Medieval Times : In this thoughtful 4 page essay, the writer makes comparisons between the role of the stirrup (horse & saddle) during the Middle Ages and the leverage buyout of the 1980's (U.S.
Indeed, these arrangements did not even characterize what has been regarded as the prototypical feudal society of northwestern Europe from the ninth to the twelfth centuries. Recent research has traced modern conceptions of feudal service to the terms and definitions of the Libri Feudorum, an Italian legal handbook written in the twelfth and thirteenth centuries. Its academic view of fiefs and vassals became the basis for the sixteenth-century interpretations of feudal institutions that have held sway ever since. However, this picture of feudal service and the legalistic hierarchy of landholding rights associated with it does not fit the medieval evidence. Feudum and vassus were vague and mutable terms, and European military systems from the ninth to the fourteenth centuries were far more varied, flexible, and rational than conventional interpretations have supposed.
The books The Middle Ages by Joseph Dahlmus and Feudal Society by Marc Bloch, which dives into Feudalism’s details and effects, are two prominent sources in the paper....
Politically, in the 1400's parts of Europe had a feudalistic government and feudal monarchies but overtime Europe adapted to absolute monarchies, parliamentary monarchies, and nation-states.
This was crucial during the Middle Ages since the government was still in shambles after the collapse of Rome and the feudal system was the only order that was self-sustaining in a period of chaos, thus making the Middle Ages deserving of the title Age of Feu...
At a lower level of the feudal model, the European norm has inspired numerous comparisons of the structures of warrior society—for example of Japanese landed estates with manors, and of Japanese income rights, granted to warrior families by the central government in exchange for military service, with fiefs—that often obscure the important differences between the two societies more than they illuminate their commonalities. This problem, too, is most critical in the Sengoku age, when massive daimyo armies must be explained, in the context of the feudal model, in terms of a more “impersonal and bureaucratic feudalism” than existed in Europe (J.R. Strayer, cited in Morillo 2003). “Bureaucratic feudalism” is a self-contradictory concept that dissolves on close inspection.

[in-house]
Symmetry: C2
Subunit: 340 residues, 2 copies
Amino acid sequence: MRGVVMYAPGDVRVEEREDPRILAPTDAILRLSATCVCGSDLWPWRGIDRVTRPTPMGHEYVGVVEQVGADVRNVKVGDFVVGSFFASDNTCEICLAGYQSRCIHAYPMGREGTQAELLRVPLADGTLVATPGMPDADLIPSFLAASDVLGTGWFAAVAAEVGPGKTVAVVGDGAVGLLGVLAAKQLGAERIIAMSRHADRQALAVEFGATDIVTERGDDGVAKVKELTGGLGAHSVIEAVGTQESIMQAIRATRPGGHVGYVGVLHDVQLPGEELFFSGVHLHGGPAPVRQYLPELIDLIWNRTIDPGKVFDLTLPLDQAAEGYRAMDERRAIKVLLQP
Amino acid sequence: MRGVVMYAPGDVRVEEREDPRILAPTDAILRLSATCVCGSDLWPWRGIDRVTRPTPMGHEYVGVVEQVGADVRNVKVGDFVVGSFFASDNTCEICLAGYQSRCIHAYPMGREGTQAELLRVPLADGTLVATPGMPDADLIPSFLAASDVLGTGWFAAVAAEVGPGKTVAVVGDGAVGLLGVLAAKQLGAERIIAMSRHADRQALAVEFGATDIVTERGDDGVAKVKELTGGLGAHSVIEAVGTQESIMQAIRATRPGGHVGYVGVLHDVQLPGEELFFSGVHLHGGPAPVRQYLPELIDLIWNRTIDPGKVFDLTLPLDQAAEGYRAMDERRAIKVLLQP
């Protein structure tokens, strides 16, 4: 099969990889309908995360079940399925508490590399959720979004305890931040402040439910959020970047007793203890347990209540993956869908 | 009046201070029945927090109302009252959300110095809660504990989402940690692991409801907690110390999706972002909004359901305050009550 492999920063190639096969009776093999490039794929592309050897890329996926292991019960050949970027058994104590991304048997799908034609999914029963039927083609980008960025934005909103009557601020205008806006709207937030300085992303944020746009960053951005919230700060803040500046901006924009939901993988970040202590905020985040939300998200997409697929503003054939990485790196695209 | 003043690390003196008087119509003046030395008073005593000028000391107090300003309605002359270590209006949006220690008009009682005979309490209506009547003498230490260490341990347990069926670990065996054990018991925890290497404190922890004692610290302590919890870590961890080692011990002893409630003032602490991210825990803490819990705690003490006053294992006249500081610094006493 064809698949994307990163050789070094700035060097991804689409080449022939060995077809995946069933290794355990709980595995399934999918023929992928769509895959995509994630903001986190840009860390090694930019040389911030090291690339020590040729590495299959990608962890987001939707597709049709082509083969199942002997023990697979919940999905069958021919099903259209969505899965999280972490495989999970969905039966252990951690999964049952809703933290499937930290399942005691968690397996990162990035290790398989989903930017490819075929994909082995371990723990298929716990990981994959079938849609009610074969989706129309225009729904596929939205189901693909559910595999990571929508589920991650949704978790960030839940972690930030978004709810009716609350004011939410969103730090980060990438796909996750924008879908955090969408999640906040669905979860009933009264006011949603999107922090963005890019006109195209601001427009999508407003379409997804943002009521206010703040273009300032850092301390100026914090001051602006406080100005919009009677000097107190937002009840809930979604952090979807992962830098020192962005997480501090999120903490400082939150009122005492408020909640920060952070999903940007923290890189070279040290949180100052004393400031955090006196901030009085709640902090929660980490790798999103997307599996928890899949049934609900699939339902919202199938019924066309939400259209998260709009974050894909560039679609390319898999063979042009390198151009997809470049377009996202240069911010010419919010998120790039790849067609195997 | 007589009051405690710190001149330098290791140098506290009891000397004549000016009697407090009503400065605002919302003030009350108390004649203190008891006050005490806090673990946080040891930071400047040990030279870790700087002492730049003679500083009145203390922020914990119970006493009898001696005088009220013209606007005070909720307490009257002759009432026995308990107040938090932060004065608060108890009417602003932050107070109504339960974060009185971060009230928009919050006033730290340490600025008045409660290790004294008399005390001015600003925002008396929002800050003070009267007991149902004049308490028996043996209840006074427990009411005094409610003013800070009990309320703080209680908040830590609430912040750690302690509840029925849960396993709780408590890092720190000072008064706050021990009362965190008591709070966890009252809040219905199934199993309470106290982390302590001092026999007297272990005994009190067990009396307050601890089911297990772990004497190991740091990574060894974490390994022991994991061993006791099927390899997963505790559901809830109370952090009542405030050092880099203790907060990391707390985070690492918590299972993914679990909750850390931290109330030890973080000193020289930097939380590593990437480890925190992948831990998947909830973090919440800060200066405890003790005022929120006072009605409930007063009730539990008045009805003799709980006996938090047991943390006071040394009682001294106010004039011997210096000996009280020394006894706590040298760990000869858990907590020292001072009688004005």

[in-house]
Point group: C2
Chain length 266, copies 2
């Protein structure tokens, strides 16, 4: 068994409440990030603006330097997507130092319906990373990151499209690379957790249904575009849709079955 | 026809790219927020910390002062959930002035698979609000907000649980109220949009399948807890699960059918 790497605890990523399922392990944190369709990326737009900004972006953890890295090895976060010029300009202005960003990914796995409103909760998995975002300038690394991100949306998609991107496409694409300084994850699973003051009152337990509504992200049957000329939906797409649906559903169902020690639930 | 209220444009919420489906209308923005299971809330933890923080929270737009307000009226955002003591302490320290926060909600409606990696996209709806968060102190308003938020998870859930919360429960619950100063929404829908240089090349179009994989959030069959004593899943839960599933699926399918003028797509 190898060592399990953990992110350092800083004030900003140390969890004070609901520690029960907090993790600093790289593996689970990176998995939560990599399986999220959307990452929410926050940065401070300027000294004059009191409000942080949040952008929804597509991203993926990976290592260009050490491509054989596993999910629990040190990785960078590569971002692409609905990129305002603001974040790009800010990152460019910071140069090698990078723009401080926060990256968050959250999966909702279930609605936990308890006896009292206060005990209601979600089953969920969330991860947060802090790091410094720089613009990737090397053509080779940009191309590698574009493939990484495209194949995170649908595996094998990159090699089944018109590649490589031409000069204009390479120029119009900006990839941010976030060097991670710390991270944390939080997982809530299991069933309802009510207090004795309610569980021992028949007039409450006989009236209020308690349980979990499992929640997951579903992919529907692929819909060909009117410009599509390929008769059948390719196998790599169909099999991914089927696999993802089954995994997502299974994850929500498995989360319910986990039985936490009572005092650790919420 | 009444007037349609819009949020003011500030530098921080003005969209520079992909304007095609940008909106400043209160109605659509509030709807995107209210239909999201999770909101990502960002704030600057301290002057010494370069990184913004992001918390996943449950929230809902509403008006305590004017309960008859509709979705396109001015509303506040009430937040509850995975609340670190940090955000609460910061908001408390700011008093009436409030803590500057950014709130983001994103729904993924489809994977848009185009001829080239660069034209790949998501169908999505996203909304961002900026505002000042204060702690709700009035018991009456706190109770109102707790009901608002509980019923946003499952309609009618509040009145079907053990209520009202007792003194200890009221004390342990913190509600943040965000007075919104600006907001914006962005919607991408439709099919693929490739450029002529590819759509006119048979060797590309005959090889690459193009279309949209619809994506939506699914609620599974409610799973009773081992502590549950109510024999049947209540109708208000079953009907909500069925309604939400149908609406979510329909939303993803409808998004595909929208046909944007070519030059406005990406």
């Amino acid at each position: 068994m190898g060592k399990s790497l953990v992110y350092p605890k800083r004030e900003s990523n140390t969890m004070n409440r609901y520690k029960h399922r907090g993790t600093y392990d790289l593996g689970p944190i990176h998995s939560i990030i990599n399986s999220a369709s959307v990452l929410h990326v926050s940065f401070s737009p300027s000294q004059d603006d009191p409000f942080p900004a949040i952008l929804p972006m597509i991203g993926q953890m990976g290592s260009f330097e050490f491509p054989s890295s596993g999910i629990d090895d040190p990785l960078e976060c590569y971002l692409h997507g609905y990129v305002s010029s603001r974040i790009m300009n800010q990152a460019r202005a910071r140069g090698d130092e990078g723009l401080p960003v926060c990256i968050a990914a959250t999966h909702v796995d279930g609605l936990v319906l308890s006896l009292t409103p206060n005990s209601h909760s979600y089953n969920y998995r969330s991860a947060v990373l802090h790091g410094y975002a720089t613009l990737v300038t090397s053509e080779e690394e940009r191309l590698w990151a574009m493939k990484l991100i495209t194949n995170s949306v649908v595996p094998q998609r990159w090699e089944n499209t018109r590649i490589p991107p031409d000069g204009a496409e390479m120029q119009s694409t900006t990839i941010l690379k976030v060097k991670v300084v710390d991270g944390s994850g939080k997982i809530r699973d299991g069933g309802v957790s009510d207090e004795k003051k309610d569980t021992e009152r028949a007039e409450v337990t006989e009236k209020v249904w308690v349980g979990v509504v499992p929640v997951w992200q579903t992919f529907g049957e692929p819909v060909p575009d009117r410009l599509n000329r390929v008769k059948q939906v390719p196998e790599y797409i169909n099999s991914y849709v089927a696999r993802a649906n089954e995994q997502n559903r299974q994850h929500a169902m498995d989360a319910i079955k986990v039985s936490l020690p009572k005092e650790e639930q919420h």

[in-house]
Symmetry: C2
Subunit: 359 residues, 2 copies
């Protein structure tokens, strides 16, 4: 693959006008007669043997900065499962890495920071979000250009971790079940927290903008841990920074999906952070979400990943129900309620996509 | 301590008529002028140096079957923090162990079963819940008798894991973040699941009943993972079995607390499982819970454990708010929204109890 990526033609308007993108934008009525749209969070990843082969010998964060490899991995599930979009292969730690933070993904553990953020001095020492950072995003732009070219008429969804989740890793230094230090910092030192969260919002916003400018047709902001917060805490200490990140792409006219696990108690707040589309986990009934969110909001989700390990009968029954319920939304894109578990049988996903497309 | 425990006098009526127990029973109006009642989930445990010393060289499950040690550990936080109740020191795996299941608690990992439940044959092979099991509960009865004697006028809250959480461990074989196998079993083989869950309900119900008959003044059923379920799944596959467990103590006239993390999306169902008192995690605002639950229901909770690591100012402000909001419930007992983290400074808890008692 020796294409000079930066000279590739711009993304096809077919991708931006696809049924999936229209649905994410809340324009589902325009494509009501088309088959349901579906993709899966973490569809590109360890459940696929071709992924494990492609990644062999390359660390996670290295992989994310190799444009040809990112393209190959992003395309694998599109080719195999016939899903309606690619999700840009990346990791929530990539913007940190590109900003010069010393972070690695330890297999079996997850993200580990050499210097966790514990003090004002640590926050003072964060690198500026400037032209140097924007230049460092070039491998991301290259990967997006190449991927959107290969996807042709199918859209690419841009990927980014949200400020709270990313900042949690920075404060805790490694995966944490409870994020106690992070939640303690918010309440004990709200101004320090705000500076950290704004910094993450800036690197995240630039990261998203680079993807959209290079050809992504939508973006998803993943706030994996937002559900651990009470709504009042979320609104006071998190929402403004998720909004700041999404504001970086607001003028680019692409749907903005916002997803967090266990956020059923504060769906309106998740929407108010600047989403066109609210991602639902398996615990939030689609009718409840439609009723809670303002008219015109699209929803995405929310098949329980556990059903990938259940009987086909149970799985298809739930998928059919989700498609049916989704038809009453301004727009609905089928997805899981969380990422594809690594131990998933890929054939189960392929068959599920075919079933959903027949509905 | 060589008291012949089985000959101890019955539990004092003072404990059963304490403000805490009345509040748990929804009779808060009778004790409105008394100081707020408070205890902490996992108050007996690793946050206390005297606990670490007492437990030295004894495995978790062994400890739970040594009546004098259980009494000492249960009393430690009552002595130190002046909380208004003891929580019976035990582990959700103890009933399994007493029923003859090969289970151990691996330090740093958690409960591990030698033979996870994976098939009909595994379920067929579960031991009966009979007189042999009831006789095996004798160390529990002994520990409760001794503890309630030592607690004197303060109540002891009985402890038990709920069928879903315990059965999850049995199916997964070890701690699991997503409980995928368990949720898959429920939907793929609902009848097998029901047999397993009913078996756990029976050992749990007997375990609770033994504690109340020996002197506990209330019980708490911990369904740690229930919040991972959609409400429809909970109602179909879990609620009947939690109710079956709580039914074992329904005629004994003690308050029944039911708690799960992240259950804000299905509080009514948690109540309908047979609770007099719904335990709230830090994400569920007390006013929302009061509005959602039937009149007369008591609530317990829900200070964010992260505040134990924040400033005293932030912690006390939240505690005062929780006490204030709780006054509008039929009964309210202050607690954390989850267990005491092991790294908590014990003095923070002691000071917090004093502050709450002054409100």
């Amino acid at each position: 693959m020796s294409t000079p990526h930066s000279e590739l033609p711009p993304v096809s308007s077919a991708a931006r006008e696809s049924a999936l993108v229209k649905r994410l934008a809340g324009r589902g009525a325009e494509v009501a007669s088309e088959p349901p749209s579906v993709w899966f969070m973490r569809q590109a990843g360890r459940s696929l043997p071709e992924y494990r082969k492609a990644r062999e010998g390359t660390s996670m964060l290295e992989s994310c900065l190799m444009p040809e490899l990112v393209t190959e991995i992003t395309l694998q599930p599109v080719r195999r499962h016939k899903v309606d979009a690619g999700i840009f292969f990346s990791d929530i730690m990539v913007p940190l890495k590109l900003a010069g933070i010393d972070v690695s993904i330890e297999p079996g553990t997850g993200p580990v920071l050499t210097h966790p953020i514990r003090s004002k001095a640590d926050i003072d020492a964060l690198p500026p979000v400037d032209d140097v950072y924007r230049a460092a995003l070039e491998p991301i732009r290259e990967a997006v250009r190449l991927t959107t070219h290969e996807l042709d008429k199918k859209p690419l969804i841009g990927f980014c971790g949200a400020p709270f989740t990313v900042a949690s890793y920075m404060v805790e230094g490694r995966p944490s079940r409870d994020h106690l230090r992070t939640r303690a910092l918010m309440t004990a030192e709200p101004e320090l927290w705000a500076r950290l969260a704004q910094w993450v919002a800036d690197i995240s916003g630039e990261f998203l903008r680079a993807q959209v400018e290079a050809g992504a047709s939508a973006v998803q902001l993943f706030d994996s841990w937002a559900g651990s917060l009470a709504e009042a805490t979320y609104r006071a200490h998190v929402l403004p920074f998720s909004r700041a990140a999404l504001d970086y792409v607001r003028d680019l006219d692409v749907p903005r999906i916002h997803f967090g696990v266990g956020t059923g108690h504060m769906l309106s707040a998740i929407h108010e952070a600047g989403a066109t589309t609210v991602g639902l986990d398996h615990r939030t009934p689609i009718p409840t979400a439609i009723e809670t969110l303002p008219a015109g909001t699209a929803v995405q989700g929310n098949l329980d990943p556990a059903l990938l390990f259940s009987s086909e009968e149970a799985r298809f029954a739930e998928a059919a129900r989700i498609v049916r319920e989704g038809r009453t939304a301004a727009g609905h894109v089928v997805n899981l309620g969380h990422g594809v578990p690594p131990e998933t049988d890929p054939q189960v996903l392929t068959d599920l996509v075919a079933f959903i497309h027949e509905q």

This tendency has afflicted Western views of Sengoku Japan, the period during the sixteenth century when Japan was divided into warring domains headed by daimyos, or local lords. The feudal model has led many historians to see the Sengoku age as the epitome of feudal breakdown and anarchy. Daimyo domains are equated with the small castellanies and lordships of northern France, the feudal kingdom (French and Japanese) taken as the unit of comparison because of the prominence of weak central authority in the feudal model. By emphasizing the division of the larger political unit, however, this view obscures important forces of unity and political cohesion that were developing within the daimyo domains during this period. Without the feudal preconception, daimyo domains appear more readily as independent polities within a Japan that is more akin to Europe as a whole than to any one kingdom within Europe.